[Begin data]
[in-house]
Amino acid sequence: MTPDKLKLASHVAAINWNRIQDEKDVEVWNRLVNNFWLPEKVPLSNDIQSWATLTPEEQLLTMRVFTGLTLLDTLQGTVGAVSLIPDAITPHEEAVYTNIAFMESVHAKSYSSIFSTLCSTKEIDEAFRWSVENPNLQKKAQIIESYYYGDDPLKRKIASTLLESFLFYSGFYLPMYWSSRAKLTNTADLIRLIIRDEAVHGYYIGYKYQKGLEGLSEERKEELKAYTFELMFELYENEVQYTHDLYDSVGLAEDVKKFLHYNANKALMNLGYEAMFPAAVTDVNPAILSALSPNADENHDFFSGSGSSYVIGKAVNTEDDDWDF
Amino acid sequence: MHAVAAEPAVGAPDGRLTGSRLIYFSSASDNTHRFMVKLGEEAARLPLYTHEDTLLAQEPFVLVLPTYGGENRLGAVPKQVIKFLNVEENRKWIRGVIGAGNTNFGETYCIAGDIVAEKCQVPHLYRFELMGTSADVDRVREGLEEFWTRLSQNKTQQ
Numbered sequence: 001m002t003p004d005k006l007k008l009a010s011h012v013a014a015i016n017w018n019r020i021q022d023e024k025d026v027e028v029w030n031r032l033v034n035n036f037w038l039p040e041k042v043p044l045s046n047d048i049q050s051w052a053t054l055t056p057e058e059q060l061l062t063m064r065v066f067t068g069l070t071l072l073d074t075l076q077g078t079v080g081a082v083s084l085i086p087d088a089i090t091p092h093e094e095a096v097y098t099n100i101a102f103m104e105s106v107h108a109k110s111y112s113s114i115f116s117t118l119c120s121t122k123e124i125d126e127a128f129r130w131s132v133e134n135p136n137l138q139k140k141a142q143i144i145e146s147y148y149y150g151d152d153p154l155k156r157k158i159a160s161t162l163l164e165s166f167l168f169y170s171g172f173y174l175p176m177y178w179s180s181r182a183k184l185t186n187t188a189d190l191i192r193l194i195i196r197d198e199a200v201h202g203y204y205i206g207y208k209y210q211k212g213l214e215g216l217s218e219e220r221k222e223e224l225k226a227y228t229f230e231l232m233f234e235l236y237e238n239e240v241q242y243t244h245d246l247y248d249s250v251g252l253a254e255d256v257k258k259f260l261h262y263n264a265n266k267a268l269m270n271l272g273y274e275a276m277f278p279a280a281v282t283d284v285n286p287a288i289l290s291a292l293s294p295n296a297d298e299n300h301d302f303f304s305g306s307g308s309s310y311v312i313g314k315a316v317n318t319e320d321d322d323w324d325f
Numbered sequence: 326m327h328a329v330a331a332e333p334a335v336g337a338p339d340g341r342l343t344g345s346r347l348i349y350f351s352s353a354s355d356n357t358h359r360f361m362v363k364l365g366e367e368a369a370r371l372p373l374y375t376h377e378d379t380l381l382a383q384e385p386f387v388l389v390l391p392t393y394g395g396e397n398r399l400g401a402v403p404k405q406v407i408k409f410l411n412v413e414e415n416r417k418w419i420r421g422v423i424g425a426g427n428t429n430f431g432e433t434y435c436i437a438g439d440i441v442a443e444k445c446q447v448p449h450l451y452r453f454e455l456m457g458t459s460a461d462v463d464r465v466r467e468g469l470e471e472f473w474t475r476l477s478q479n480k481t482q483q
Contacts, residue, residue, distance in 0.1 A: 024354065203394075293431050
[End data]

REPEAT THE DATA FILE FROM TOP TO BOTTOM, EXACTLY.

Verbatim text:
[in-house]
Amino acid sequence: MTPDKLKLASHVAAINWNRIQDEKDVEVWNRLVNNFWLPEKVPLSNDIQSWATLTPEEQLLTMRVFTGLTLLDTLQGTVGAVSLIPDAITPHEEAVYTNIAFMESVHAKSYSSIFSTLCSTKEIDEAFRWSVENPNLQKKAQIIESYYYGDDPLKRKIASTLLESFLFYSGFYLPMYWSSRAKLTNTADLIRLIIRDEAVHGYYIGYKYQKGLEGLSEERKEELKAYTFELMFELYENEVQYTHDLYDSVGLAEDVKKFLHYNANKALMNLGYEAMFPAAVTDVNPAILSALSPNADENHDFFSGSGSSYVIGKAVNTEDDDWDF
Amino acid sequence: MHAVAAEPAVGAPDGRLTGSRLIYFSSASDNTHRFMVKLGEEAARLPLYTHEDTLLAQEPFVLVLPTYGGENRLGAVPKQVIKFLNVEENRKWIRGVIGAGNTNFGETYCIAGDIVAEKCQVPHLYRFELMGTSADVDRVREGLEEFWTRLSQNKTQQ
Numbered sequence: 001m002t003p004d005k006l007k008l009a010s011h012v013a014a015i016n017w018n019r020i021q022d023e024k025d026v027e028v029w030n031r032l033v034n035n036f037w038l039p040e041k042v043p044l045s046n047d048i049q050s051w052a053t054l055t056p057e058e059q060l061l062t063m064r065v066f067t068g069l070t071l072l073d074t075l076q077g078t079v080g081a082v083s084l085i086p087d088a089i090t091p092h093e094e095a096v097y098t099n100i101a102f103m104e105s106v107h108a109k110s111y112s113s114i115f116s117t118l119c120s121t122k123e124i125d126e127a128f129r130w131s132v133e134n135p136n137l138q139k140k141a142q143i144i145e146s147y148y149y150g151d152d153p154l155k156r157k158i159a160s161t162l163l164e165s166f167l168f169y170s171g172f173y174l175p176m177y178w179s180s181r182a183k184l185t186n187t188a189d190l191i192r193l194i195i196r197d198e199a200v201h202g203y204y205i206g207y208k209y210q211k212g213l214e215g216l217s218e219e220r221k222e223e224l225k226a227y228t229f230e231l232m233f234e235l236y237e238n239e240v241q242y243t244h245d246l247y248d249s250v251g252l253a254e255d256v257k258k259f260l261h262y263n264a265n266k267a268l269m270n271l272g273y274e275a276m277f278p279a280a281v282t283d284v285n286p287a288i289l290s291a292l293s294p295n296a297d298e299n300h301d302f303f304s305g306s307g308s309s310y311v312i313g314k315a316v317n318t319e320d321d322d323w324d325f
Numbered sequence: 326m327h328a329v330a331a332e333p334a335v336g337a338p339d340g341r342l343t344g345s346r347l348i349y350f351s352s353a354s355d356n357t358h359r360f361m362v363k364l365g366e367e368a369a370r371l372p373l374y375t376h377e378d379t380l381l382a383q384e385p386f387v388l389v390l391p392t393y394g395g396e397n398r399l400g401a402v403p404k405q406v407i408k409f410l411n412v413e414e415n416r417k418w419i420r421g422v423i424g425a426g427n428t429n430f431g432e433t434y435c436i437a438g439d440i441v442a443e444k445c446q447v448p449h450l451y452r453f454e455l456m457g458t459s460a461d462v463d464r465v466r467e468g469l470e471e472f473w474t475r476l477s478q479n480k481t482q483q
Contacts, residue, residue, distance in 0.1 A: 024354065203394075293431050